Plant Spotlight on Pot Marigold

Calendula officinalis is a short-lived perennial in mild winter climates that is treated as a hardy annual in cold winter climates. Calendula is commonly called pot marigold or English marigold, although it isn’t a marigold at all. Pot marigold (Calendula) and the common marigold (Tagetes) are not the same genus, however both plants are in the sunflower/daisy family.

If you are unsure about which plant you are looking at, give the flower a good sniff. If you get a strong, pungent fragrance, you’ve got Tagates (marigold). Calendula (Pot marigold) doesn’t share that same sharp marigold scent. Another clue is that Calendula leaves are egg-shaped (ovate), while tagetes leaves are divided (pinnate). Its common name came from calendula’s historical use in soups and stews – hence the “pot” marigold. Pot marigolds are perfect for container gardening and the long-stemmed cultivars make fabulous cutting flowers.

Plant Profile

Calendulas may produce single or double-petaled flowers.

Zones: 2-11 as an annual / 7-11 as a short-lived perennial

Sun/Shade: Full sun/part shade

Height: 12”- 24” inches tall

Width: 18” – 24” wide

Bloom Time: Early spring to heavy frost.

Bloom Color: Gold, orange, cream, and yellow flowerheads.

Wildlife: Butterflies, bees, and other pollinators. Calendulas are deer resistant.


In cold winter regions, start the seeds indoors about 6-8 weeks before your last frost. The 3”- 5” inch seedlings should be acclimated to the outdoors a couple of weeks before the last frost date in your area. Then they can be transplanted into the garden or container. In mild winter areas seeds can be directly sown into the garden bed in late fall for the earliest spring flowers.

Calendulas like to be positioned in full sun or part shade. Their ideal soil is ‘sandy loam’ if you can offer it. However, they will tolerate most soils if the drainage is good. Water them evenly and pinch off languishing flower heads to create a bushier plant and encourage repeat flowering. Calendula appreciates a nutritious soil, so top dress the bed with compost every now and again. Be careful not to over-fertilize, as this will sacrifice blooms.

Depending on the variety, plants grow to 1’ - 2 ½’ feet tall. It’s possible for calendulas to bloom in the summer if temps stay below 85 degrees. But where summers are hot, figure on fall or spring blooms. It’s also possible for mild winter areas to have flowers from fall to the following spring.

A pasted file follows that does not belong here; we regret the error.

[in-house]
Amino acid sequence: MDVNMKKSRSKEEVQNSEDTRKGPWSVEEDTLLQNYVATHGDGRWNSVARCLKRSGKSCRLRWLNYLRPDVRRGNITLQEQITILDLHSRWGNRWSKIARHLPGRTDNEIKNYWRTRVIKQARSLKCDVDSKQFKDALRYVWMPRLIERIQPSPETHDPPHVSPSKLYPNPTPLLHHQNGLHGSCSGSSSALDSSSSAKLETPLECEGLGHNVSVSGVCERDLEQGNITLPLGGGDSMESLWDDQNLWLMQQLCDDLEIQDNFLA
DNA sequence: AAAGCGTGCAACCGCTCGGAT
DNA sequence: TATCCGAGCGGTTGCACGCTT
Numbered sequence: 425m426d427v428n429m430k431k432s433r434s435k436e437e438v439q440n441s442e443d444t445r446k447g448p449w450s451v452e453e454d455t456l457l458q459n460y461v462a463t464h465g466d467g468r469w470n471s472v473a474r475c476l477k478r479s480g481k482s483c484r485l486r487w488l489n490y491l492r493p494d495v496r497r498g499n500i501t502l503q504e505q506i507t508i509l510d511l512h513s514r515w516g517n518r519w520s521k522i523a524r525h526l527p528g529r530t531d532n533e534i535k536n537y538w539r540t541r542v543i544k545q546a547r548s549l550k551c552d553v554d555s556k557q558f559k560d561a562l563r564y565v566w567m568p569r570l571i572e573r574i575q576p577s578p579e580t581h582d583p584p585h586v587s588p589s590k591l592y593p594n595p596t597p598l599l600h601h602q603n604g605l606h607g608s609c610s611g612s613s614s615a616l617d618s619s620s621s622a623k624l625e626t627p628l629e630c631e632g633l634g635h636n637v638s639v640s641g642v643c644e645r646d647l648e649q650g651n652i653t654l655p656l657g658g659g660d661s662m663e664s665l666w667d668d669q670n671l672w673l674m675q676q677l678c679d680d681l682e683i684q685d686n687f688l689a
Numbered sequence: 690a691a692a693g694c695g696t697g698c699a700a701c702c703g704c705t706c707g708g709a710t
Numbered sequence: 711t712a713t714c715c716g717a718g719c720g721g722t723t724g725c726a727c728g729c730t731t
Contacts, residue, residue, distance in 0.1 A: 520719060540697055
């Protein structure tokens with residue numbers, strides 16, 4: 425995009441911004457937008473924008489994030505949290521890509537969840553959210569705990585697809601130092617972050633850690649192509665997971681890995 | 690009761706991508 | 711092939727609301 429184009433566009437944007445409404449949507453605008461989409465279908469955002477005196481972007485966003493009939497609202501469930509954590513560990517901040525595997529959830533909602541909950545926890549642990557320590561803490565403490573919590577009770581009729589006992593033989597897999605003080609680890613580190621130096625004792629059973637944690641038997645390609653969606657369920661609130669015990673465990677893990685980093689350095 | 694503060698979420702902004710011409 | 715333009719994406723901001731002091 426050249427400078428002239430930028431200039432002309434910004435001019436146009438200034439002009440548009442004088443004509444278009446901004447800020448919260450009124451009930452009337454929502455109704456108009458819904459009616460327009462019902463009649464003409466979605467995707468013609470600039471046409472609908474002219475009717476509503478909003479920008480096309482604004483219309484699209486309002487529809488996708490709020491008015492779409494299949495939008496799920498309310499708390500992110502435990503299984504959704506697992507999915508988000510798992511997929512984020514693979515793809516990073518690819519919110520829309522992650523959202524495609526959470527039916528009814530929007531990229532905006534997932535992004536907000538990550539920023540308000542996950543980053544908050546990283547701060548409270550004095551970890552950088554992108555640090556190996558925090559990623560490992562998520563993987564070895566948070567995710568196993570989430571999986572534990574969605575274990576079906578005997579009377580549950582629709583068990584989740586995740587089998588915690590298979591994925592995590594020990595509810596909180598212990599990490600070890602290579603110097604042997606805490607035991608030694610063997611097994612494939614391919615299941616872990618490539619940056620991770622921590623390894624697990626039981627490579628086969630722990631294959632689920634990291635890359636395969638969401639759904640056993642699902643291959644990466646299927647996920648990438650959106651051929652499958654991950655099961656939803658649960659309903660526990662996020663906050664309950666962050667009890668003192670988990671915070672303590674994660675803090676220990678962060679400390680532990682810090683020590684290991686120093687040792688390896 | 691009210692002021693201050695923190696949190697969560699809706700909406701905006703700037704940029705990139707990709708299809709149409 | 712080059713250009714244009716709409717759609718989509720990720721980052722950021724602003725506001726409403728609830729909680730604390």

From the short, compact bedding varieties to the tall cutting types, there’s a wide variety of calendula choices.

  • ‘Citrus Cocktail’ (C. officinalis) is a compact, dwarf variety with yellow, orange, and gold daisy-type blooms. It reaches a short (yet bushy) 8” inches tall at maturity.
  • ‘Snow Princess’ (C. officinalis) unopened blooms start out as lemon yellow then transform into a nearly pure white with a dark center as the petals unfurl. Matures to 24” tall.
  • ‘Pacific Beauty’ (Calendula officinalis) series consists of individuals that bloom in yellow, orange, or gold. Flowers can be semi-double to fully double. Matures to 12” -24” tall.
  • ‘Touch of Red Buff’ (C. officinalis) is a showstopper with its coffee-cream petal fronts and a crimson on the back. Matures to 24” tall.  
  • ‘Pink Surprise’ (C. officinalis) produces double-flowered blossoms that are peachy and pink-tinged. Matures to 18”-24” tall.

Special Features

One big bonus is that pot marigolds are deer resistant. They are also tremendous pollen producers and a valued food source for pollinators. Both the flower petals and leaves are edible. Typically it’s the flower petals that are used in culinary dishes like stews, soups, and salads, as well as egg and fish dishes.  

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